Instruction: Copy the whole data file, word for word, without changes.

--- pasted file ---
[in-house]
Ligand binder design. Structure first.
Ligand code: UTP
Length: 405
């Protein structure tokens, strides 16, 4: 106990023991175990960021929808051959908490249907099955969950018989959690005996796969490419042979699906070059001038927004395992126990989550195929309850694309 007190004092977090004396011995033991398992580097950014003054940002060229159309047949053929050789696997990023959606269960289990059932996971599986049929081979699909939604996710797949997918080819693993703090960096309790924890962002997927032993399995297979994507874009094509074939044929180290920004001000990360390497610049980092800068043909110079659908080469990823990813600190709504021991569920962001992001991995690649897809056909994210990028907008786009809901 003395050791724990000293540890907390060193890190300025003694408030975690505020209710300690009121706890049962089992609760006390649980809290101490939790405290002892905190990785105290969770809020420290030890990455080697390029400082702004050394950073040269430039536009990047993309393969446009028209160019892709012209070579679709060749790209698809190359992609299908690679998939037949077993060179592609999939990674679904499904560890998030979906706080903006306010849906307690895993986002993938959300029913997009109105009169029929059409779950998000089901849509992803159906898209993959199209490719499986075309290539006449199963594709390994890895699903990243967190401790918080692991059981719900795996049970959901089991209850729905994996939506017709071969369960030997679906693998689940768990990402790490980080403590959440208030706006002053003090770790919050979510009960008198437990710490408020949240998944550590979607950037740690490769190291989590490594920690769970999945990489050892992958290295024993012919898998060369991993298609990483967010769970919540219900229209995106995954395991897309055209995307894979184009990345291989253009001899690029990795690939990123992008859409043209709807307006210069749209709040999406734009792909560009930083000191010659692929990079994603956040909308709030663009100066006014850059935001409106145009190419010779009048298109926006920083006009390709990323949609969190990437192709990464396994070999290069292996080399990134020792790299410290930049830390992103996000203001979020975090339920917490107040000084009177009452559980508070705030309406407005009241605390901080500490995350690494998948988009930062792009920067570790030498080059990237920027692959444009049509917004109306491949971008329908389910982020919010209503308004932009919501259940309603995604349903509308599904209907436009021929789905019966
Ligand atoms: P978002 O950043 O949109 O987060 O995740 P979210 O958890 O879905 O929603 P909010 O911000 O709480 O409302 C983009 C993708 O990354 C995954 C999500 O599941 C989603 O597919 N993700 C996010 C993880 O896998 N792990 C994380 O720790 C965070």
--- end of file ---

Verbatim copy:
[in-house]
Ligand binder design. Structure first.
Ligand code: UTP
Length: 405
């Protein structure tokens, strides 16, 4: 106990023991175990960021929808051959908490249907099955969950018989959690005996796969490419042979699906070059001038927004395992126990989550195929309850694309 007190004092977090004396011995033991398992580097950014003054940002060229159309047949053929050789696997990023959606269960289990059932996971599986049929081979699909939604996710797949997918080819693993703090960096309790924890962002997927032993399995297979994507874009094509074939044929180290920004001000990360390497610049980092800068043909110079659908080469990823990813600190709504021991569920962001992001991995690649897809056909994210990028907008786009809901 003395050791724990000293540890907390060193890190300025003694408030975690505020209710300690009121706890049962089992609760006390649980809290101490939790405290002892905190990785105290969770809020420290030890990455080697390029400082702004050394950073040269430039536009990047993309393969446009028209160019892709012209070579679709060749790209698809190359992609299908690679998939037949077993060179592609999939990674679904499904560890998030979906706080903006306010849906307690895993986002993938959300029913997009109105009169029929059409779950998000089901849509992803159906898209993959199209490719499986075309290539006449199963594709390994890895699903990243967190401790918080692991059981719900795996049970959901089991209850729905994996939506017709071969369960030997679906693998689940768990990402790490980080403590959440208030706006002053003090770790919050979510009960008198437990710490408020949240998944550590979607950037740690490769190291989590490594920690769970999945990489050892992958290295024993012919898998060369991993298609990483967010769970919540219900229209995106995954395991897309055209995307894979184009990345291989253009001899690029990795690939990123992008859409043209709807307006210069749209709040999406734009792909560009930083000191010659692929990079994603956040909308709030663009100066006014850059935001409106145009190419010779009048298109926006920083006009390709990323949609969190990437192709990464396994070999290069292996080399990134020792790299410290930049830390992103996000203001979020975090339920917490107040000084009177009452559980508070705030309406407005009241605390901080500490995350690494998948988009930062792009920067570790030498080059990237920027692959444009049509917004109306491949971008329908389910982020919010209503308004932009919501259940309603995604349903509308599904209907436009021929789905019966
Ligand atoms: P978002 O950043 O949109 O987060 O995740 P979210 O958890 O879905 O929603 P909010 O911000 O709480 O409302 C983009 C993708 O990354 C995954 C999500 O599941 C989603 O597919 N993700 C996010 C993880 O896998 N792990 C994380 O720790 C965070």